The point of the story? The only excuse to eat at McDonald's is: you're a child, and you don't know any better. McDonald's when traveling? Double anathema.
5. Learn at least a few phrases in a native language
Instead of buying that disgusting greasy burger you-know-where, invest in a pocket phrasebook - it's a life-saver, and a way to show your respect for the culture and the language of the country you're visiting.
Here's the thing a lot of English-speaking people don't understand: when you're in a foreign country and you automatically address people in English, it communicates a certain level of ignorance and entitlement. Maybe it's not what you intend, but that's the way it comes off: "Everyone should speak English anywhere I go, and if they don't, it's not a place worth going to."
You don't need to speak the language fluently, just learn a few necessary words and phrases for 3 reasons:
- a smart traveler often veers off the beaten path, so s/he needs to be able to communicate with the locals;
- at least attempting to speak a native language shows respect for the people and the country you're visiting, and characterizes you as a friendly open-minded individual;
- acquiring new language skills makes you a more cultured "worldly" person and improves your brain functioning.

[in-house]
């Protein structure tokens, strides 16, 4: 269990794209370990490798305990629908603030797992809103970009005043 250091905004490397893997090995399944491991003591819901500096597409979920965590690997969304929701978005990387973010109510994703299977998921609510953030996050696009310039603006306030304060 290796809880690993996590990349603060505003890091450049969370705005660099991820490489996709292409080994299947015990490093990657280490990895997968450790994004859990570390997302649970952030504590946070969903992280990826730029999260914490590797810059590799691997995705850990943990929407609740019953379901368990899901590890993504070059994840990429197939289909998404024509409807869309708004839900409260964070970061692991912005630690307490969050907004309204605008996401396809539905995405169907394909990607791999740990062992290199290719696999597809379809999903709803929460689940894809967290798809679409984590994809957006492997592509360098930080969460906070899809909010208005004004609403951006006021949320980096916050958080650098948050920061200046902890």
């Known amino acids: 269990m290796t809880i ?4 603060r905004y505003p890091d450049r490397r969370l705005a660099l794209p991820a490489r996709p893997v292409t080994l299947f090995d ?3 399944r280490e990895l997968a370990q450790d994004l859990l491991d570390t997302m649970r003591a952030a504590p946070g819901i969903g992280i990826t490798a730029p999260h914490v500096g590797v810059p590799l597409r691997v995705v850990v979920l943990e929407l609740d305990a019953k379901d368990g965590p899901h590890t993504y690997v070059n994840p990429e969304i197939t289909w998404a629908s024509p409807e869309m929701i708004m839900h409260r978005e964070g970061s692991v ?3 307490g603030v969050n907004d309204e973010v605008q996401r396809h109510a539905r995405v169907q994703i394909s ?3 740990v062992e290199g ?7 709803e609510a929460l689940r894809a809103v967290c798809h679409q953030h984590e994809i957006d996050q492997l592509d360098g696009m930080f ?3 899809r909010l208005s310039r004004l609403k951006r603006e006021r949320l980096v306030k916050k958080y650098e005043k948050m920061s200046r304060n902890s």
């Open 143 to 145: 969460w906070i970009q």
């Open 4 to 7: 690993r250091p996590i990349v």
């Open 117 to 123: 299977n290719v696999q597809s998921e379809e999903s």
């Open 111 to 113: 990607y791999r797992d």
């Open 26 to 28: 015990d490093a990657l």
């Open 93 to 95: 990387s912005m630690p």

6. Get outside your comfort zone
Go for it. Explore. Take risks.
Whenever I travel, if there is one regret I have at the end of a trip, it's this: I wish I did more of that thing I wanted to do. I wish I was bolder, more adventurous, more spontaneous. I wish I wasn't listening to the voices of reason or caution and just given myself to the experience completely.
Because here is the thing: the world is small and big at the same time. Meaning, our planet is relatively small, but there are so many incredible places to visit! Most people only see a minuscule part of what the world has to offer, so knowing that, would you rather go to a place you've already visited or to a new place? I'd pick the latter.
In all likelihood, you're not going to come back to a place you've been to, are you? Sometimes. But the point is, you've got to make the most of it, because chances are, this is a one-time exclusive unique precious experience you won't have a chance to repeat.
7. Be safe.
A smart traveler means: a safe traveler.
Nothing ruins a vacation like a trip to the hospital, the police station or the consulate to report a lost or stolen passport. Be mindful of your surroundings. Avoid busy tourist markets - they're a breeding ground for pickpockets. If something doesn't feel right, leave and get yourself to a safe place. Trust your gut instinct - that soft quiet voice that can tell you exactly what you need to know.
Have a photocopy of all your important documents with you, and put the originals and the valuables in a safe place. When you leave your hotel room (apartment, hostel, train roomette) to explore the new terrain, take only the essentials: your map, your phrasebook, some water, some cash and a lighthearted smile. Happy mindful travels!
© 2013 Lana Adler